[Haskell-cafe] Re: N and R are categories, no?
Steve Downey
sdowney at gmail.com
Mon Mar 19 18:57:25 EDT 2007
Thanks! Somehow, the, now blindingly obvious, fact that a monad must
be a mapping into (not onto, right, at least in general?) is something
I had missed, although it did lead me to be puzzled about join.
So, although you could have a functor from N to R, there is no way it
could be a monad.
In Haskell, it would be Integer instead of N, since the category we
deal with for Haskell Monads are Haskell types.
Does a typeclass, like Num or Eq, form a category? I know that you
can't restrict an instance of Monad to be only over a particular
typeclass, but could I have an EqMonad, with all of the non-sugar
properties of Monad?
On 3/15/07, Ulf Norell <ulfn at cs.chalmers.se> wrote:
> On 3/15/07, Steve Downey <sdowney at gmail.com> wrote:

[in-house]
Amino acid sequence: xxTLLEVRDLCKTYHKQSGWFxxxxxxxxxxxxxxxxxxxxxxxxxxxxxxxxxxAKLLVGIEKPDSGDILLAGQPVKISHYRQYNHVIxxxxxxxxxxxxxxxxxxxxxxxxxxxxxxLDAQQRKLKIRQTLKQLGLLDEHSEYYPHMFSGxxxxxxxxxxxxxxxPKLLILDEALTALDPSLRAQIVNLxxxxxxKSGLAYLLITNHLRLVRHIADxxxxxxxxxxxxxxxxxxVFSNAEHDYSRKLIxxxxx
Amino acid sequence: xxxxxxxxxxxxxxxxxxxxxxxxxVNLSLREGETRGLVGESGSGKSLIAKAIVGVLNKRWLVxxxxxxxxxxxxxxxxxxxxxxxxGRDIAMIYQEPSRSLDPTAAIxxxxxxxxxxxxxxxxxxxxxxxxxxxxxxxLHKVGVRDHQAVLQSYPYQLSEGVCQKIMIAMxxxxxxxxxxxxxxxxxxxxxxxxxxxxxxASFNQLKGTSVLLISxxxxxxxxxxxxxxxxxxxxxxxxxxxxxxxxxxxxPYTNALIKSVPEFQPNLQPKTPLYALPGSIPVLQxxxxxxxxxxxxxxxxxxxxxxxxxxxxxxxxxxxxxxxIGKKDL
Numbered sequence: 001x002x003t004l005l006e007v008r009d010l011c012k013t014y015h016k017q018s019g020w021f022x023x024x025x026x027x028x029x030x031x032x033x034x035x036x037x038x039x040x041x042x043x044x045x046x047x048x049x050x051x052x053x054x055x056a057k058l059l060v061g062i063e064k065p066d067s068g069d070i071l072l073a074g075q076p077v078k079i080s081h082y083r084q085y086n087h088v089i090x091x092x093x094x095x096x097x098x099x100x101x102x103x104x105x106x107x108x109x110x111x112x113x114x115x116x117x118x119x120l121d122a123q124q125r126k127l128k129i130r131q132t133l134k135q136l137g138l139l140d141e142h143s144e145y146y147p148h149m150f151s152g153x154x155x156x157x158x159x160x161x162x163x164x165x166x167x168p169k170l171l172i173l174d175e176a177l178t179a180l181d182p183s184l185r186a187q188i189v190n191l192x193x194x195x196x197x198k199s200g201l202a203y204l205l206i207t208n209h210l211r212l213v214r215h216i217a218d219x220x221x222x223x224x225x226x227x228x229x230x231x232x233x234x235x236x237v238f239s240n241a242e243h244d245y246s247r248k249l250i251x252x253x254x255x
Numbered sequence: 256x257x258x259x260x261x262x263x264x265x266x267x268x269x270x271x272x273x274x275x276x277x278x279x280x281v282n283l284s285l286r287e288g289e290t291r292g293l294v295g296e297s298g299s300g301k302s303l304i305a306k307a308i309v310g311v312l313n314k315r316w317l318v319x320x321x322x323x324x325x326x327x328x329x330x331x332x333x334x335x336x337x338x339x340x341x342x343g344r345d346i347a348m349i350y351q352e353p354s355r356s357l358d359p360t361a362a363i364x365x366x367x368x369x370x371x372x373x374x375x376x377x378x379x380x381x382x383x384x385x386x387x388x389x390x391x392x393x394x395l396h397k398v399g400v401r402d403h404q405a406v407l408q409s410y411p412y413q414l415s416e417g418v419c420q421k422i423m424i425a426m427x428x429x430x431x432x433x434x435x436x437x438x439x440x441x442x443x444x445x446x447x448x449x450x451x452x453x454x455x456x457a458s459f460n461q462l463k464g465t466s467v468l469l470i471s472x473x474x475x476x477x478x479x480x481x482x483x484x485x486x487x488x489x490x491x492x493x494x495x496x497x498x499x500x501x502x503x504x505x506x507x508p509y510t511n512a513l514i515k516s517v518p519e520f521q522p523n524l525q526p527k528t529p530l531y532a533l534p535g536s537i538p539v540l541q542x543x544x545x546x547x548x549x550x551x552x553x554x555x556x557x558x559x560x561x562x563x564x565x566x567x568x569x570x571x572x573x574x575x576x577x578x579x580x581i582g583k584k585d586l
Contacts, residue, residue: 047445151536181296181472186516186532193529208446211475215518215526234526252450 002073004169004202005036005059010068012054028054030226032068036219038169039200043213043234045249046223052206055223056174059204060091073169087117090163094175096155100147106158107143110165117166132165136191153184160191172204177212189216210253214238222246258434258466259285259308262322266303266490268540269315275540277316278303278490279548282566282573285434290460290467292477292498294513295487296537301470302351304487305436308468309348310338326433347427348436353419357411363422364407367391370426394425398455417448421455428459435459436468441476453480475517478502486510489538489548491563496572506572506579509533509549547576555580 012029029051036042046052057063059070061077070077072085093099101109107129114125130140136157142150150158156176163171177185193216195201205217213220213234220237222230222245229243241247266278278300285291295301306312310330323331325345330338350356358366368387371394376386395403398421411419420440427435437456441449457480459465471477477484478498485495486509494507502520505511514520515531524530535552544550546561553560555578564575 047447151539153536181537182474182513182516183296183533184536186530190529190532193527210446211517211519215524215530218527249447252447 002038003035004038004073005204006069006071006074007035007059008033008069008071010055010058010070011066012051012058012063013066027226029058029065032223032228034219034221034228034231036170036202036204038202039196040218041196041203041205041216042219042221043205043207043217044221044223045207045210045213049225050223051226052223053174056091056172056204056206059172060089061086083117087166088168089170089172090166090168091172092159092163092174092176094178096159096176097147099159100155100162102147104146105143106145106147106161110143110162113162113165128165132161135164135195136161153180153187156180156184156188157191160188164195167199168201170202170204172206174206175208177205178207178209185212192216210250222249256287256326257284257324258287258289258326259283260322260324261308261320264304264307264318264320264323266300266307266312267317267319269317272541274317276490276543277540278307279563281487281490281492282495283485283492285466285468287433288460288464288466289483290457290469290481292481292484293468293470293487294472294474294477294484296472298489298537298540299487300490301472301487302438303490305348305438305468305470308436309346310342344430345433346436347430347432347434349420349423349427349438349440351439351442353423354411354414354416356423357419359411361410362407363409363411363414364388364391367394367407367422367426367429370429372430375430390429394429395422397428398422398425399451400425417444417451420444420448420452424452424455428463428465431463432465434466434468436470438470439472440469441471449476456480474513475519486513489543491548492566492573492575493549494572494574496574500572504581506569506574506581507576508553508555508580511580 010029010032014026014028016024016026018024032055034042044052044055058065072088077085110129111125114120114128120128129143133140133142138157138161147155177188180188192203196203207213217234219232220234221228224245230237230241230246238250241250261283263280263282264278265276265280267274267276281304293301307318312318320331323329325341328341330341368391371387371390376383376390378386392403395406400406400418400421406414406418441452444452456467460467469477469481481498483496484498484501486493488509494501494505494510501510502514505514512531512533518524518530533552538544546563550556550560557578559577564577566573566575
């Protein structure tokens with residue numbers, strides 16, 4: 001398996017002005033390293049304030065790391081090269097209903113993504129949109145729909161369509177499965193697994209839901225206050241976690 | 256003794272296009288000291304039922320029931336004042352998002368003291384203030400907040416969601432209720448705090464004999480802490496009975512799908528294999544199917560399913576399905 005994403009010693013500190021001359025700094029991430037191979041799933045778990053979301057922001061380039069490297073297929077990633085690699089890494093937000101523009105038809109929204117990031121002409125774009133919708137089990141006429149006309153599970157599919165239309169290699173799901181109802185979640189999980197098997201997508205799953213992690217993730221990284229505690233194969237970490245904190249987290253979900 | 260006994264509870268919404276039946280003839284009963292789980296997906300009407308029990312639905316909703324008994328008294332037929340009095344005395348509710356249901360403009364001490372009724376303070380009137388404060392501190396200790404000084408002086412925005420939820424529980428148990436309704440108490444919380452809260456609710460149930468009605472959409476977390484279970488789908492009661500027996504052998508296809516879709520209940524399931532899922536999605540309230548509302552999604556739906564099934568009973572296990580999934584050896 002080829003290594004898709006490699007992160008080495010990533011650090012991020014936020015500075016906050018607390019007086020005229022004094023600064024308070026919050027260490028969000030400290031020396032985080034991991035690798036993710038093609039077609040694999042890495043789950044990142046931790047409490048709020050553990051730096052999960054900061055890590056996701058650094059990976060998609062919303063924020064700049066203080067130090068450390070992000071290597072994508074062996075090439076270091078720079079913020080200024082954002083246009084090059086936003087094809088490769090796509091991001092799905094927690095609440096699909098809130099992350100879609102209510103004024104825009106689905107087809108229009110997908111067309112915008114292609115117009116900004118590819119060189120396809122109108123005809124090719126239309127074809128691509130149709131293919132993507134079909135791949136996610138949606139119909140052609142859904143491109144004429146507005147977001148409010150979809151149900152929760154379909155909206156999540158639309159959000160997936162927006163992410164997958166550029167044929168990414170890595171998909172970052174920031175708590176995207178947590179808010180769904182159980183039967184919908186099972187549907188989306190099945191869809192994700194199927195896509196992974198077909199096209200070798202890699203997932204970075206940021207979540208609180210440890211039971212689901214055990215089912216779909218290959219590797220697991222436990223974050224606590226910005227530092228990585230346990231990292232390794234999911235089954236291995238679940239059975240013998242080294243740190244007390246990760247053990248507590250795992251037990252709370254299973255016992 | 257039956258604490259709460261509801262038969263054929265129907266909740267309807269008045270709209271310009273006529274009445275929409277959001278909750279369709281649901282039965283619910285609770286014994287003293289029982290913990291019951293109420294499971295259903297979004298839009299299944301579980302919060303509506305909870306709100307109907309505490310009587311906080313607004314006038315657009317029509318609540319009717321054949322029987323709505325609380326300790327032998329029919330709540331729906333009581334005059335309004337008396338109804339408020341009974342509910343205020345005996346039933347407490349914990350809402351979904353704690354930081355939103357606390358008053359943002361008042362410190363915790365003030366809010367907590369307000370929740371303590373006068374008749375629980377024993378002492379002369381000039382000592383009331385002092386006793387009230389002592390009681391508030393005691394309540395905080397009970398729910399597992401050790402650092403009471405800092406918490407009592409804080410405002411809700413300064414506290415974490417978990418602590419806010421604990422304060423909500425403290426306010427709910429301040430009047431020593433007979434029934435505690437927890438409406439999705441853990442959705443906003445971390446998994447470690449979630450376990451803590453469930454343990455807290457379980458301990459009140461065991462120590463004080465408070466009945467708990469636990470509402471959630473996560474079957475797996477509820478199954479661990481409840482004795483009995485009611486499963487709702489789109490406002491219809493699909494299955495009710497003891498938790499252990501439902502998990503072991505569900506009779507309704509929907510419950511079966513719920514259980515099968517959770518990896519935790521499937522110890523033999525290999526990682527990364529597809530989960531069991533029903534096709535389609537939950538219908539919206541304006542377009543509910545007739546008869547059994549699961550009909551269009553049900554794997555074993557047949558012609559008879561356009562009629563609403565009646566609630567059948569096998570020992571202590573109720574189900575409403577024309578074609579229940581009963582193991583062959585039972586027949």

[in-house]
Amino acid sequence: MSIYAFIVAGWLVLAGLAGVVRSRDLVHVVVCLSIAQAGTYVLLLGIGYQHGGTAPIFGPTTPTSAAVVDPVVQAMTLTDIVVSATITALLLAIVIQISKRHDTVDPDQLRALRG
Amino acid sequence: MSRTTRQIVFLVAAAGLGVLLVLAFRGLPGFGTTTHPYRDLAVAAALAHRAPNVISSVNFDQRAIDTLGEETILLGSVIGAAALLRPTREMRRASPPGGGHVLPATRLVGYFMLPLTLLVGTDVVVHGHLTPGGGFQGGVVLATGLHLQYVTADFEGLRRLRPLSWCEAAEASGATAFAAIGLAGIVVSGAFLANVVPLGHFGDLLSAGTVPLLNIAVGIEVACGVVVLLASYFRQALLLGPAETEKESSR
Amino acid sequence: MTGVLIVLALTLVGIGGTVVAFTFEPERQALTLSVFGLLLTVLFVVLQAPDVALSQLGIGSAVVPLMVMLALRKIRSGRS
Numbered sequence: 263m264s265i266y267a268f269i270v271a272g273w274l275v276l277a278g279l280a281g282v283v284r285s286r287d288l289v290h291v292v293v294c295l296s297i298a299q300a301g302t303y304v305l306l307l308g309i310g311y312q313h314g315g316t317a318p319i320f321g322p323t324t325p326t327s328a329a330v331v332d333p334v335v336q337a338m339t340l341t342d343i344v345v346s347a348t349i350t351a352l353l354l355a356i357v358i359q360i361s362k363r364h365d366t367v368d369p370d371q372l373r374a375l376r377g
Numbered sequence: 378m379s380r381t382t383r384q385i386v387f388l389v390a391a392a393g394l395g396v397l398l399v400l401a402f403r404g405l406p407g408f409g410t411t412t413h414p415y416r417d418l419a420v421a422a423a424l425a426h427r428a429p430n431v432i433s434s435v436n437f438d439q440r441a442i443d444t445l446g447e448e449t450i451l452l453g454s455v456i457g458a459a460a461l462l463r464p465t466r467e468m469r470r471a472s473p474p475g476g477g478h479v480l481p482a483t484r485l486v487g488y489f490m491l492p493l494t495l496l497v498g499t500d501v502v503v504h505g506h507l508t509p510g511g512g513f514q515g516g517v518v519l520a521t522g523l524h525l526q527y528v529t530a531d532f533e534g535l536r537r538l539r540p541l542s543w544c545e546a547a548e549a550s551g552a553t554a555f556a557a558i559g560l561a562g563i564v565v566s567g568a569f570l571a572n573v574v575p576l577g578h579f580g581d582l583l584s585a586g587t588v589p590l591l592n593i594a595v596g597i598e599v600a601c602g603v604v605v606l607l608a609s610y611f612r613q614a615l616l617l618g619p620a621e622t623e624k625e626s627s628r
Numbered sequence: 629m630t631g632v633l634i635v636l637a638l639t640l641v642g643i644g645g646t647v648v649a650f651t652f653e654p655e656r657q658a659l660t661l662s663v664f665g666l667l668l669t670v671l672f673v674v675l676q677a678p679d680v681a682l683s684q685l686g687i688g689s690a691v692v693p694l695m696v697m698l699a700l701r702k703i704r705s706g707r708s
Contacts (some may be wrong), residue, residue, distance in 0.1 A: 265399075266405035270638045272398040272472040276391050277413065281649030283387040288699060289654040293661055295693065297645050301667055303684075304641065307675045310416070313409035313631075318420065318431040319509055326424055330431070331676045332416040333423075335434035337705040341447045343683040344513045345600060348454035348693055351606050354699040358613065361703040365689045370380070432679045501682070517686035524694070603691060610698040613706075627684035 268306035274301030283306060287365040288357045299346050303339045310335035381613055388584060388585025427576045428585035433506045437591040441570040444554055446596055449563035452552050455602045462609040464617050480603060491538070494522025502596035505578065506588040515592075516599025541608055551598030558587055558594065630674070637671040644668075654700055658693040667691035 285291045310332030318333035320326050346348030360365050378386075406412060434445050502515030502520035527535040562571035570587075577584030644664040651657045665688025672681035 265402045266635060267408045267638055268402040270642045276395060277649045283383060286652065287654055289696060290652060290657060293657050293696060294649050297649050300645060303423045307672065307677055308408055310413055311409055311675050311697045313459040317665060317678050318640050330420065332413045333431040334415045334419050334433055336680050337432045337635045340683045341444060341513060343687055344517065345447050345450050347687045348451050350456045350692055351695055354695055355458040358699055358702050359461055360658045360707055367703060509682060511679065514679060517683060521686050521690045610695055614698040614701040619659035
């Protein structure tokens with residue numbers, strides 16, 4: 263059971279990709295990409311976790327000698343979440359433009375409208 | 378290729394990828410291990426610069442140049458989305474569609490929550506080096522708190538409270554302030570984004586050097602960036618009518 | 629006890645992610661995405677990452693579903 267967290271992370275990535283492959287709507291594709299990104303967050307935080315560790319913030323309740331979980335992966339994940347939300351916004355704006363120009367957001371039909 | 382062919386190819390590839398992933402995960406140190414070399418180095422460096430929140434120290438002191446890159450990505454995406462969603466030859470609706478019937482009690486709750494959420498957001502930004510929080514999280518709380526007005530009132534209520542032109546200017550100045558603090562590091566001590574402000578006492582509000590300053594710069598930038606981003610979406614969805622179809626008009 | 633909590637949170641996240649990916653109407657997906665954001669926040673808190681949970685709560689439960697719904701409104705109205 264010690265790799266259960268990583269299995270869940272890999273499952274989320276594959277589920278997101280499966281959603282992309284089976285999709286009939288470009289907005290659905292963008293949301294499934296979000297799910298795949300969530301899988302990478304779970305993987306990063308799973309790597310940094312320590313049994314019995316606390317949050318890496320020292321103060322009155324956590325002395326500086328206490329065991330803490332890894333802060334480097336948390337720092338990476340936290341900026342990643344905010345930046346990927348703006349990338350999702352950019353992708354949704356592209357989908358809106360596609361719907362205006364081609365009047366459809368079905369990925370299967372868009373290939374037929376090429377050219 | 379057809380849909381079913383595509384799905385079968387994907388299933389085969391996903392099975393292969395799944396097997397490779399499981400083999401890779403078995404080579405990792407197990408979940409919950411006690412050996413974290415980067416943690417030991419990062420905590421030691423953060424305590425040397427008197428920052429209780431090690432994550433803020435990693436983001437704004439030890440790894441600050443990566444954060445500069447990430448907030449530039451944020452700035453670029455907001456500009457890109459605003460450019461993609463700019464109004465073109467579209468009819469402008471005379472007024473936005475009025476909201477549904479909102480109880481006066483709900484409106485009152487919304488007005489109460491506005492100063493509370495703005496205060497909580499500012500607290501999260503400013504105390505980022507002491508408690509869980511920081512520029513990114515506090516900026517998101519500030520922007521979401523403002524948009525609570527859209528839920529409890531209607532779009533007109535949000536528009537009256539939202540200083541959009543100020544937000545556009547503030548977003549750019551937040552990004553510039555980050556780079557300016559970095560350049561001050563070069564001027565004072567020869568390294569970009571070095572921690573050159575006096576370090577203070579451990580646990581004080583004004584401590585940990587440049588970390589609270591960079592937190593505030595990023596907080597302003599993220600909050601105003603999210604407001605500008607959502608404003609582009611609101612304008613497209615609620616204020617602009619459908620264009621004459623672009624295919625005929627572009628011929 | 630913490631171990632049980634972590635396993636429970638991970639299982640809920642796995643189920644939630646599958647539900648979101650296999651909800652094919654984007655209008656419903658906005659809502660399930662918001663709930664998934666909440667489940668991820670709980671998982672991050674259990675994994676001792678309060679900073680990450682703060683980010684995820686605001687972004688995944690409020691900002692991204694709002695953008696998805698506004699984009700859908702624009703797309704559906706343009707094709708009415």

> >
> > EOk, i'm trying to write down, not another monad tutorial, because I
> > don't know that much yet, but an explication of my current
> > understanding of monads.
> >
> > But before I write down something that is just flat worng, I thought
> > I'd get a cross check. (and I can't get to #haskell)
> >
> > Monads are Functors. Functors are projections from one category to
> > another such that structure is preserved. One example I have in mind
> > is the embedding of the natural numbers into the real numbers. The
> > mapping is so good, that we don't flinch at saying 1 == 1.0.
>
>
> Monads are endofunctors (functors from one category to itself). This is easy
> to see from the type of join:
>
> join : m (m a) -> m a
>
> For Haskell monads the category is the category of Haskell types and Haskell
> functions. In this category N and R are objects, so you'll get the wrong
> idea trying to see them as categories.
>
> / Ulf
>
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